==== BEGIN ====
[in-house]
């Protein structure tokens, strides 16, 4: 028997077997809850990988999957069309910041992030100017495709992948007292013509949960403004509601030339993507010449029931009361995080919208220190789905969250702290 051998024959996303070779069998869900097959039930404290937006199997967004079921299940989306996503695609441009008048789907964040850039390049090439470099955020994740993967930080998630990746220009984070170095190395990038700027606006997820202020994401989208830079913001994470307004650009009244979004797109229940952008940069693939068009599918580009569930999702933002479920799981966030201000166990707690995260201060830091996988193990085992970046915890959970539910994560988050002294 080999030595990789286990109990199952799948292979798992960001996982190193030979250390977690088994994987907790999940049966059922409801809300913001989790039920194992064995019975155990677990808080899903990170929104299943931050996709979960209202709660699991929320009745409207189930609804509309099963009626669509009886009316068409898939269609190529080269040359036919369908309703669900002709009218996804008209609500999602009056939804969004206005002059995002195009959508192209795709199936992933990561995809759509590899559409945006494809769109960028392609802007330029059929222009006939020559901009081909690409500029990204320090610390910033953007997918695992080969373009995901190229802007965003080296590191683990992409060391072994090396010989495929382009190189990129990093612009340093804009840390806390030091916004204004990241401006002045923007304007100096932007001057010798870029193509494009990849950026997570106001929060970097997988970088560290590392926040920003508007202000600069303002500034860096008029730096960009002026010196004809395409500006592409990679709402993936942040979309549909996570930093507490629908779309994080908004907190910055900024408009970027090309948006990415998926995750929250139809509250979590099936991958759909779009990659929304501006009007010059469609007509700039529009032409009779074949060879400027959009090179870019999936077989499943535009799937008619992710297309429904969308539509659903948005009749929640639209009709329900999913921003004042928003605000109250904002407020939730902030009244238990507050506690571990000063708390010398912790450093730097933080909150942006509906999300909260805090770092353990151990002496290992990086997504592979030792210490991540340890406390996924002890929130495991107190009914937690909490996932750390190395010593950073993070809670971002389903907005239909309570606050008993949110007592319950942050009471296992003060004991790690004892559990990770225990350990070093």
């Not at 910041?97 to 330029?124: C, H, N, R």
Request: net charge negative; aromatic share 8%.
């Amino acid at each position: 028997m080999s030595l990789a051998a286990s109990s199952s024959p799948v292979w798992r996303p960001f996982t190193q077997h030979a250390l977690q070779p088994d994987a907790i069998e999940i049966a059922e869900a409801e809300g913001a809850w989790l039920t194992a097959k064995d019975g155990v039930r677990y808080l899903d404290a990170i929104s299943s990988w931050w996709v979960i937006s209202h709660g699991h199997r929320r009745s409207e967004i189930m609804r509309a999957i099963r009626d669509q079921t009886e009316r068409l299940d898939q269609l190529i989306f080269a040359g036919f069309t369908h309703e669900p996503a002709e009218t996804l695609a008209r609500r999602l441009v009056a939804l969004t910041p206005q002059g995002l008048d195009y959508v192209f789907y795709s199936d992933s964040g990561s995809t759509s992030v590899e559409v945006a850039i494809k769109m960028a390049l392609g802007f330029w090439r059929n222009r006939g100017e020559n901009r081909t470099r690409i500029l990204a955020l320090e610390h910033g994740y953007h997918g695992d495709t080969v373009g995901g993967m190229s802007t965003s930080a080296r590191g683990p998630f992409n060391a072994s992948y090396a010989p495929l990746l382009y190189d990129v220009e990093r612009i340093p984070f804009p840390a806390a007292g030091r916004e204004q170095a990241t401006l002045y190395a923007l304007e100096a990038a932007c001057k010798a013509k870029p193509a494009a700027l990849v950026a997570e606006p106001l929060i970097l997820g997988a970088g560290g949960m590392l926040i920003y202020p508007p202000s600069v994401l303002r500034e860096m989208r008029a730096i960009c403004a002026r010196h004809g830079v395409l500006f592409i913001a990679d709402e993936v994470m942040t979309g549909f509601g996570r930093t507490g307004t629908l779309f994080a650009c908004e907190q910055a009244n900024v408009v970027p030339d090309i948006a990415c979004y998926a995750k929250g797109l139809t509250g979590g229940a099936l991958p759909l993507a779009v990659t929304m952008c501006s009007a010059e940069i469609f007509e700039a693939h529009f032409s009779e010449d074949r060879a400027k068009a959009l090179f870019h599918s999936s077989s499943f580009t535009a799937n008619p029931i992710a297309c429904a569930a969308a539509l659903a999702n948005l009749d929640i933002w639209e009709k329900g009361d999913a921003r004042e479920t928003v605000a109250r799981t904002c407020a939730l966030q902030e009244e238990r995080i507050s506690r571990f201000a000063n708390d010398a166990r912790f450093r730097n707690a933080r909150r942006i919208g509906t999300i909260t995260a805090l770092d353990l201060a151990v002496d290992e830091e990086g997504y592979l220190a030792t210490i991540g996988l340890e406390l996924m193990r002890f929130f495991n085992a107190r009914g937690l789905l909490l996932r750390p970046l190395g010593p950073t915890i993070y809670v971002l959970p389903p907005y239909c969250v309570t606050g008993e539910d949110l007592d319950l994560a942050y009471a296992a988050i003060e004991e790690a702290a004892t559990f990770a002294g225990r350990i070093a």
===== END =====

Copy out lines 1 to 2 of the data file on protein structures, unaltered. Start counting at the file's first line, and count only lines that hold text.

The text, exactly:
[in-house]
């Protein structure tokens, strides 16, 4: 028997077997809850990988999957069309910041992030100017495709992948007292013509949960403004509601030339993507010449029931009361995080919208220190789905969250702290 051998024959996303070779069998869900097959039930404290937006199997967004079921299940989306996503695609441009008048789907964040850039390049090439470099955020994740993967930080998630990746220009984070170095190395990038700027606006997820202020994401989208830079913001994470307004650009009244979004797109229940952008940069693939068009599918580009569930999702933002479920799981966030201000166990707690995260201060830091996988193990085992970046915890959970539910994560988050002294 080999030595990789286990109990199952799948292979798992960001996982190193030979250390977690088994994987907790999940049966059922409801809300913001989790039920194992064995019975155990677990808080899903990170929104299943931050996709979960209202709660699991929320009745409207189930609804509309099963009626669509009886009316068409898939269609190529080269040359036919369908309703669900002709009218996804008209609500999602009056939804969004206005002059995002195009959508192209795709199936992933990561995809759509590899559409945006494809769109960028392609802007330029059929222009006939020559901009081909690409500029990204320090610390910033953007997918695992080969373009995901190229802007965003080296590191683990992409060391072994090396010989495929382009190189990129990093612009340093804009840390806390030091916004204004990241401006002045923007304007100096932007001057010798870029193509494009990849950026997570106001929060970097997988970088560290590392926040920003508007202000600069303002500034860096008029730096960009002026010196004809395409500006592409990679709402993936942040979309549909996570930093507490629908779309994080908004907190910055900024408009970027090309948006990415998926995750929250139809509250979590099936991958759909779009990659929304501006009007010059469609007509700039529009032409009779074949060879400027959009090179870019999936077989499943535009799937008619992710297309429904969308539509659903948005009749929640639209009709329900999913921003004042928003605000109250904002407020939730902030009244238990507050506690571990000063708390010398912790450093730097933080909150942006509906999300909260805090770092353990151990002496290992990086997504592979030792210490991540340890406390996924002890929130495991107190009914937690909490996932750390190395010593950073993070809670971002389903907005239909309570606050008993949110007592319950942050009471296992003060004991790690004892559990990770225990350990070093």